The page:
Alexander Awarded Prestigious Scholarship from the National Board for Certified Counselors

| Awards

Chelsea Alexander headshotTrevecca Ph.D. candidate Chelsea Alexander was recently awarded a scholarship through the Minority Fellowship Program from the National Board for Certified Counselors. The scholarship provides financial support to counselors in master’s and doctoral programs that work with underserved populations.

The $20,000 scholarship award can be used to further Alexander’s education and career, potentially covering tuition, books, conferences, training opportunities and professional development. 

The news of winning the award was truly a surprise for Alexander, who applied for the scholarship on a whim during an Association of Counselor Education and Supervision Conference. Dr. Susan Lahey, the director of Trevecca’s graduate counseling and Alexander’s dissertation chair, had encouraged her to fill out the application. 

“I didn’t think I'd get it because there were hundreds of applicants, the application was due in 10 days and I didn’t have my laptop with me,” Alexander said. “Dr. Lahey thought it was important so she went to her room and got her laptop so I could submit everything.”

The opportunity has challenged her to get out of her comfort zone and connect with a broader audience on issues of mental health. 

“I'm not an extrovert. I'm usually just the person in the corner just trying to do what I need to do,” Alexander said. “But this is definitely teaching me how to network and be more talkative.” 

Her commitment to underserved populations began long before she received the recognition. 

“In my undergrad program, I volunteered with CASA, child advocacy services, and I used to go to court for children who had been abused or neglected,” Alexander said. “I wanted to continue walking the path with kids in those situations, so I applied for a master’s program in counseling.”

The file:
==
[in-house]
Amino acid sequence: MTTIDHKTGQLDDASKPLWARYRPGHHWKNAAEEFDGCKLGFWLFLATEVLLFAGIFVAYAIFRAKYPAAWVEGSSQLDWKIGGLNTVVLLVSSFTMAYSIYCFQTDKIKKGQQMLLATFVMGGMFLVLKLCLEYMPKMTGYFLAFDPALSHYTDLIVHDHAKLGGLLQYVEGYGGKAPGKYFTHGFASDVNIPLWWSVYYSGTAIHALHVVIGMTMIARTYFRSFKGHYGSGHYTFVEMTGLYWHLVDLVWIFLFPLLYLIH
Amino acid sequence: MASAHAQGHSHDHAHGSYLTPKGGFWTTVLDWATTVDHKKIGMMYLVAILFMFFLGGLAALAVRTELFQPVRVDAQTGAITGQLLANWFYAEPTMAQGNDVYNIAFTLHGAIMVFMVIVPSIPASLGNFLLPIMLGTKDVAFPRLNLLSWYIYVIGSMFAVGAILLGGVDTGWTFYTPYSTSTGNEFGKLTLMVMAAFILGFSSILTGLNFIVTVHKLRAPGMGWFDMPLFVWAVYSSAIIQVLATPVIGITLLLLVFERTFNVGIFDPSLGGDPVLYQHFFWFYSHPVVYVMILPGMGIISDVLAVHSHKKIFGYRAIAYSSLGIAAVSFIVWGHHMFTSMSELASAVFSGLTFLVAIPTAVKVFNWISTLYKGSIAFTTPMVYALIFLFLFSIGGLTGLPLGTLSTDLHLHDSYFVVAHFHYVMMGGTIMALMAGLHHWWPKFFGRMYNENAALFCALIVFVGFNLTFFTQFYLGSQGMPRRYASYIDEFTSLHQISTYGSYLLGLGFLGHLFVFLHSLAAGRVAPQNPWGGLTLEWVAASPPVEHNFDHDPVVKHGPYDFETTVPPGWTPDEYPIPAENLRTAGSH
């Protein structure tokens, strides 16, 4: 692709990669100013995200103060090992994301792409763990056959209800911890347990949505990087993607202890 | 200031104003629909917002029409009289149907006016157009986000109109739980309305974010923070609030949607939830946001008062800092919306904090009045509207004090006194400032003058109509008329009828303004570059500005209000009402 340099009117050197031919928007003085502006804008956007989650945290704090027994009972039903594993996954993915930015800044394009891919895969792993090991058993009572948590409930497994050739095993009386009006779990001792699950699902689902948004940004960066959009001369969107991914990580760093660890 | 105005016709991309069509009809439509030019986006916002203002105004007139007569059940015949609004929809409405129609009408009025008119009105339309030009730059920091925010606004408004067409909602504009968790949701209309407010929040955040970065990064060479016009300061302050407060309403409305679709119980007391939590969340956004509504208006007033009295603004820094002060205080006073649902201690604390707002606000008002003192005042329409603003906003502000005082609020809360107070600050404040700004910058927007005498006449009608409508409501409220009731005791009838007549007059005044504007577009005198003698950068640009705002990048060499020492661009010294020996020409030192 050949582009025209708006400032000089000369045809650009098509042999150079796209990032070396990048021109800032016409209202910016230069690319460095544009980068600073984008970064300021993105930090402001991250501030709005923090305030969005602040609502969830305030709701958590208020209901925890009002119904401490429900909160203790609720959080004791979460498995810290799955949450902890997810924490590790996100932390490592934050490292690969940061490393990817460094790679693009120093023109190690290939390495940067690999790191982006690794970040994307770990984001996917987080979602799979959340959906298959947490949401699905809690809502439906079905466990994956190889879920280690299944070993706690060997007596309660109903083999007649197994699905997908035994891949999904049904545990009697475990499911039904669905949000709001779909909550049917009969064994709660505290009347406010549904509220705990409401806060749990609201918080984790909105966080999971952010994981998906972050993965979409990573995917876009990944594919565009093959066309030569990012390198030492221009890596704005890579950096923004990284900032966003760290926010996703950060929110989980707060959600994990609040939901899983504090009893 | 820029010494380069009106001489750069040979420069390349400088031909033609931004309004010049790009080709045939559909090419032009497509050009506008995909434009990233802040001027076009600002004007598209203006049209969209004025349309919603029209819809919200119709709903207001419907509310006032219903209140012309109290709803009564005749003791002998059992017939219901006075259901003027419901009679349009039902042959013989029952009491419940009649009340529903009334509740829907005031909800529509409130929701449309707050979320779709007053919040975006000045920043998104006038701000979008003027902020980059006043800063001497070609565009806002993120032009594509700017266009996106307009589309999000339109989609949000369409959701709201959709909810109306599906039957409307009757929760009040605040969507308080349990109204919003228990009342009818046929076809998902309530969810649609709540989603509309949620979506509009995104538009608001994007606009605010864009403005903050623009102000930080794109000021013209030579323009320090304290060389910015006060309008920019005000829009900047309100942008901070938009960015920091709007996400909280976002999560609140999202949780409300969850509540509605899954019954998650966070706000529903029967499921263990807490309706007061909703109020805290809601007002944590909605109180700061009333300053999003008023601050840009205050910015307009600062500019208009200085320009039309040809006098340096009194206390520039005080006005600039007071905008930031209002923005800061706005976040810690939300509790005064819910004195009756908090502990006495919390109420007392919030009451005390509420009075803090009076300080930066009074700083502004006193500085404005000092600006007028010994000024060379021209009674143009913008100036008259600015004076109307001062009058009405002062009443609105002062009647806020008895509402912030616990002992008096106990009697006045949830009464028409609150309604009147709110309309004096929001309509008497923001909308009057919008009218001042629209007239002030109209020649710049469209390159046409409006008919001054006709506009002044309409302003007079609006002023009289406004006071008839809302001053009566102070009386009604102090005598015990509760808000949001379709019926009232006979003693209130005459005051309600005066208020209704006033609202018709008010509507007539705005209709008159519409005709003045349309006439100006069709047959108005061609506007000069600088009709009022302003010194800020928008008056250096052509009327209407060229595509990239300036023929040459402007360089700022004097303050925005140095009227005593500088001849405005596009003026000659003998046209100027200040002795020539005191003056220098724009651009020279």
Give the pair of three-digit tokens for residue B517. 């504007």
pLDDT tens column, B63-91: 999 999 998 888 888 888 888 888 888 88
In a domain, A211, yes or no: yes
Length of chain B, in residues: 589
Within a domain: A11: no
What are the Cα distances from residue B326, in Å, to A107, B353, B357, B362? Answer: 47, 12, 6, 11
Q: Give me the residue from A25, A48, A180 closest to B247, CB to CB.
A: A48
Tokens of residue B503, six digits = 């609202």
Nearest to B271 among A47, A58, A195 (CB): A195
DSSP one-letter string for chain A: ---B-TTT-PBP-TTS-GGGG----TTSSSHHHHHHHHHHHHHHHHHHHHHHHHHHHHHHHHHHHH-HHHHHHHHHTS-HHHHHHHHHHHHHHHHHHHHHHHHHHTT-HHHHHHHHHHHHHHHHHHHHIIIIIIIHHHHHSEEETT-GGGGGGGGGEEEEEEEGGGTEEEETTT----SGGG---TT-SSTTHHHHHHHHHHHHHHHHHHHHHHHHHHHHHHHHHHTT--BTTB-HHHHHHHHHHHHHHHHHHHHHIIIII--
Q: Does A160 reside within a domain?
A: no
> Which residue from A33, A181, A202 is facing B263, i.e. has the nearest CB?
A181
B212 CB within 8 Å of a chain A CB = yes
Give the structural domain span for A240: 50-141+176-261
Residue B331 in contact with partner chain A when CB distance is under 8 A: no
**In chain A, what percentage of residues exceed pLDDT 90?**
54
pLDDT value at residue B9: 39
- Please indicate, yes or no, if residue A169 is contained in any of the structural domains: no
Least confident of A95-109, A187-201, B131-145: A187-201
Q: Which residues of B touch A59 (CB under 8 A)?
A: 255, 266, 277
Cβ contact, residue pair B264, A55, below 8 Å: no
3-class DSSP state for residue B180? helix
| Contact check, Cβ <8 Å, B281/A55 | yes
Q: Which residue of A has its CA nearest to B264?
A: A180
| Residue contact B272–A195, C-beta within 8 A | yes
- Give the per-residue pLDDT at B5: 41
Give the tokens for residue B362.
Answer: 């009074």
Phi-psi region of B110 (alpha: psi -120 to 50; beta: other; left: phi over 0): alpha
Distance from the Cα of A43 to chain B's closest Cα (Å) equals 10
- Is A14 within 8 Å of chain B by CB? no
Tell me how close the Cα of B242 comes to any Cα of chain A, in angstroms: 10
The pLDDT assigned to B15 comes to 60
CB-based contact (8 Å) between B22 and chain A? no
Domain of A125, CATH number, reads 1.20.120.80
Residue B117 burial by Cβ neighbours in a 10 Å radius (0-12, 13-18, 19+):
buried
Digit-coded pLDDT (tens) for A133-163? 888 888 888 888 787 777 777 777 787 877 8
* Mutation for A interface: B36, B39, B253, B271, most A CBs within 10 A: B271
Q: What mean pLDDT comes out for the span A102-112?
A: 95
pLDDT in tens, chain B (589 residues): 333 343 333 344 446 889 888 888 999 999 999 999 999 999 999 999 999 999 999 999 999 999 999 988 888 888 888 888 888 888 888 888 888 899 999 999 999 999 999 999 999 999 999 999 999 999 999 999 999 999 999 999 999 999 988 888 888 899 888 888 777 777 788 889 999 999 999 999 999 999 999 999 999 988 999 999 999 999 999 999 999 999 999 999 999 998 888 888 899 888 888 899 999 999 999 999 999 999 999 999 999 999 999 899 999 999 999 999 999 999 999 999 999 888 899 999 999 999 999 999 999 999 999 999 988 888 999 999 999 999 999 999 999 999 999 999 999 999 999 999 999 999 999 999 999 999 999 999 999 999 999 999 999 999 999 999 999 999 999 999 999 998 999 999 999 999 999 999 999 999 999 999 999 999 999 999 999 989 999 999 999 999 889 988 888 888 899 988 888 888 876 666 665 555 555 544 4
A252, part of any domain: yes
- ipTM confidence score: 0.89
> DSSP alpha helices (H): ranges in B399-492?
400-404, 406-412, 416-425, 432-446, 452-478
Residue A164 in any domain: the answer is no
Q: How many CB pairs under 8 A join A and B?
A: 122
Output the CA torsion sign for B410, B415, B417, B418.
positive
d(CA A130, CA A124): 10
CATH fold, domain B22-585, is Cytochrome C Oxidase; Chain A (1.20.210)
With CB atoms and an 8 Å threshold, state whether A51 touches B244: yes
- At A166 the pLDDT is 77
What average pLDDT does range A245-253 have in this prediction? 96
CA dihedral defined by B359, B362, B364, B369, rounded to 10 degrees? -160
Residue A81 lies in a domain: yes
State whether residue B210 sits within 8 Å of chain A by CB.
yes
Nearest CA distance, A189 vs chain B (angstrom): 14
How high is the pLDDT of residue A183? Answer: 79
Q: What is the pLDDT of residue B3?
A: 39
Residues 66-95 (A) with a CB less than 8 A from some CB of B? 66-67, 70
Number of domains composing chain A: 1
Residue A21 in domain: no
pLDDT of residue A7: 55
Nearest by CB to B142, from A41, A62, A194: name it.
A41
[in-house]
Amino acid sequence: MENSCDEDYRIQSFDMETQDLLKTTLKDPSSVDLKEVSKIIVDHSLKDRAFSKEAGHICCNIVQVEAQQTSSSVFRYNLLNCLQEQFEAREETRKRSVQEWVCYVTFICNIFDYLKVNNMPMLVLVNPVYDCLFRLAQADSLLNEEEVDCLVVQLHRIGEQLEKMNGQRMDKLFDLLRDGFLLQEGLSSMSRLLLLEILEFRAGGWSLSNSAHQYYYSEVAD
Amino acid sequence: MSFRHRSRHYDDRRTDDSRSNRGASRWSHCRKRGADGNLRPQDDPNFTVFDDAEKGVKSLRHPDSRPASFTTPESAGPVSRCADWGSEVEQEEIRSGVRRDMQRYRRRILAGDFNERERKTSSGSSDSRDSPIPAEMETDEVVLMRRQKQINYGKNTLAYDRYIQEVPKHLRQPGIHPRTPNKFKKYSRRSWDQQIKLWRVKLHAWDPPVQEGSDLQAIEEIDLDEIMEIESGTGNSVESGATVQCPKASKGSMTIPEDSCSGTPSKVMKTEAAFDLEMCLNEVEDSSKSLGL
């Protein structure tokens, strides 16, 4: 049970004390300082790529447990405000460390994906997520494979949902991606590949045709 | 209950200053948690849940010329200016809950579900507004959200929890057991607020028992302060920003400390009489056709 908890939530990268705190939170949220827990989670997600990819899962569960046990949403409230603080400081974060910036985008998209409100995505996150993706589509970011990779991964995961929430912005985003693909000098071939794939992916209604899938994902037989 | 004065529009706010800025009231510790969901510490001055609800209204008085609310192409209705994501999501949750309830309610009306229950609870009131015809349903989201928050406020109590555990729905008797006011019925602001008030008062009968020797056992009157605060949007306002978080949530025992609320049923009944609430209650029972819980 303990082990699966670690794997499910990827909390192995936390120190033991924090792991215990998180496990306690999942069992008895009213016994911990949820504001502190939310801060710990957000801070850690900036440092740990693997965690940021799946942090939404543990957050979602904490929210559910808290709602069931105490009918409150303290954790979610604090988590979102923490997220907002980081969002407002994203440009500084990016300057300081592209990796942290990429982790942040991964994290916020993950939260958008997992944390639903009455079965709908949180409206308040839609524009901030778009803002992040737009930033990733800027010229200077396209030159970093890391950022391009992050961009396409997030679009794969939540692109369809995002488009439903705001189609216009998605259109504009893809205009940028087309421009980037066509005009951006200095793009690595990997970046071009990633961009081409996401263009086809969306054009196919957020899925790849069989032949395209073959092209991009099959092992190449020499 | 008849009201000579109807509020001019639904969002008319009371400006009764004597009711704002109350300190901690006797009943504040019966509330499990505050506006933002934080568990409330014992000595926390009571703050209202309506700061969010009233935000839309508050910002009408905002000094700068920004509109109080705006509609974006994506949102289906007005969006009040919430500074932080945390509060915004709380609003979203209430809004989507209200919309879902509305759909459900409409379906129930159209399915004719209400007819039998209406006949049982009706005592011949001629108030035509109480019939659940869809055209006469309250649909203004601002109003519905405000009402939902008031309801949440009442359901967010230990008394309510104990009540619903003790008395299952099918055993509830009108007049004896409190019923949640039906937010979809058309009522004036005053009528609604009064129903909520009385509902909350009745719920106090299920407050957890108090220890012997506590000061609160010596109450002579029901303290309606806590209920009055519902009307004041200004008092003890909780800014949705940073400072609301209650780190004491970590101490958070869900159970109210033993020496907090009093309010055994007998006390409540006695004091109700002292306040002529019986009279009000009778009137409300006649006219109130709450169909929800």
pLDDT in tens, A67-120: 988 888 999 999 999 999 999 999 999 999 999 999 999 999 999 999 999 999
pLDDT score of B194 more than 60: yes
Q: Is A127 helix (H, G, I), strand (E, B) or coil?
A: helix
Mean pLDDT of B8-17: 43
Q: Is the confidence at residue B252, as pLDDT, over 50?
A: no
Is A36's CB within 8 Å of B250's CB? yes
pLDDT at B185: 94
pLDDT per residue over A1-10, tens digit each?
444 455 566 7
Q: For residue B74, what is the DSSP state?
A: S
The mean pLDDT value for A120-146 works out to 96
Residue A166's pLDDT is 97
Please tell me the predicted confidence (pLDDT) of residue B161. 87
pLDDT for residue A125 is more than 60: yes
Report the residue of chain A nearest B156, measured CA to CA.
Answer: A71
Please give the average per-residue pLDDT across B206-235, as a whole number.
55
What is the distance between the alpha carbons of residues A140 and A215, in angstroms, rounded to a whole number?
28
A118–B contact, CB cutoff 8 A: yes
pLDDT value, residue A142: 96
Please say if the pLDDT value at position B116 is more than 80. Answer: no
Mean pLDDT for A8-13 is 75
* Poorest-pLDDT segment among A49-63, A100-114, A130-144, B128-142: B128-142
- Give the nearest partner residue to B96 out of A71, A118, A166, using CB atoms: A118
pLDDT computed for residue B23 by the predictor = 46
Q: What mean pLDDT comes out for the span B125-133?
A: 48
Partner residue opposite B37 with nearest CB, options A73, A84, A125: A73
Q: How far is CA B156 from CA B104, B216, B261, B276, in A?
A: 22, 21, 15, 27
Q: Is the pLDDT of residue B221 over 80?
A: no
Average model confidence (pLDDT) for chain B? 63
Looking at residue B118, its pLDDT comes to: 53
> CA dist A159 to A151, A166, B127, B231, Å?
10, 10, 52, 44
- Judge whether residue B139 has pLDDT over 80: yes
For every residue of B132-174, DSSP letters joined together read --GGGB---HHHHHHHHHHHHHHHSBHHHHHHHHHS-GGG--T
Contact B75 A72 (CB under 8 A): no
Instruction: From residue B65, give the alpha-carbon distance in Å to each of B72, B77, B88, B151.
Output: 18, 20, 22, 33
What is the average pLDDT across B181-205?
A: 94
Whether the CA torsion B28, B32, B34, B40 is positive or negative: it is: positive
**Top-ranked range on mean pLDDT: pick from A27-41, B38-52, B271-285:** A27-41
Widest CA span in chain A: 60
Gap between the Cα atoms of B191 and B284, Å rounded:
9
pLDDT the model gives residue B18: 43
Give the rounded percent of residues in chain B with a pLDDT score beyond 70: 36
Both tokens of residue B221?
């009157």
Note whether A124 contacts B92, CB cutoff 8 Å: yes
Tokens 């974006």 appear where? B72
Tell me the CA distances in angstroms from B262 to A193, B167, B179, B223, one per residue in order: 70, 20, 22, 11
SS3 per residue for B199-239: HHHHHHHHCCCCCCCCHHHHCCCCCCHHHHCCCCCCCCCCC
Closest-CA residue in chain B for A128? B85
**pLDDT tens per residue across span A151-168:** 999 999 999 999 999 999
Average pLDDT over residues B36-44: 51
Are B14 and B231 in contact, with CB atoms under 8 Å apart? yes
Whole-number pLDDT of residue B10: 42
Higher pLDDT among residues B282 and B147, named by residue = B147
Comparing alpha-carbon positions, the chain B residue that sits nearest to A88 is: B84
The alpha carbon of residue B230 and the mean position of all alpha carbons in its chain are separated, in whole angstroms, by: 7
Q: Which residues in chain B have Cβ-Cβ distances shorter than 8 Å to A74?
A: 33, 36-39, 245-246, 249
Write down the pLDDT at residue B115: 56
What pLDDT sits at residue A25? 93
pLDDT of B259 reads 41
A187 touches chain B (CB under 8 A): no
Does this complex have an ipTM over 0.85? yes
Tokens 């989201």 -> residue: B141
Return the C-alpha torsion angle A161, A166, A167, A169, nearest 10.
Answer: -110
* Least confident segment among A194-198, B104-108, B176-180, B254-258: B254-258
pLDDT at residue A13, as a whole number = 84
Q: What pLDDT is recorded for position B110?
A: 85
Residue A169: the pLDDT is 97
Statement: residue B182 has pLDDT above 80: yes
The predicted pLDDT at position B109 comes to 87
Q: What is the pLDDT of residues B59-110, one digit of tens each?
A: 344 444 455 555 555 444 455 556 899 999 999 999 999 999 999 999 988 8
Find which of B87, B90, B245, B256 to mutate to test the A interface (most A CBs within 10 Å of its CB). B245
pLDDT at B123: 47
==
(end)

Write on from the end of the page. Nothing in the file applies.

She graduated from the counseling program at Southeastern Louisiana University in 2018, and expanded upon her experience, working in geriatric psychiatry and at a pediatric inpatient facility. After discovering and applying to Trevecca’s Ph.D. program for clinical counseling: teaching and supervision in 2020, she moved to Nashville and continued working with the vulnerable. 

“I was one of the first therapists at the Davidson County Sheriff’s Office Behavioral Care Center. We took inmates who had a mental health or substance abuse disorder diagnosis and gave them therapy and the services to overcome the issues that had led to their incarceration,” Alexander said.

Now years into her doctoral program, she plans to graduate in May 2025 after completing a dissertation on a subject that means a lot to her. She will be looking at counselors in training who are people of color, examining their sense of classroom community and belonging at predominantly white institutions and at historically Black universities. 

Armed with this knowledge, she hopes to teach graduate students herself, and create a classroom environment that is welcoming and equipping for all. 

“When faculty take time to recognize their students and are open to feedback, change and one-to-one connections, it creates a sense of belonging for all students,” Alexander said. “Teaching has been my passion, and I look forward to pouring into students in that way.”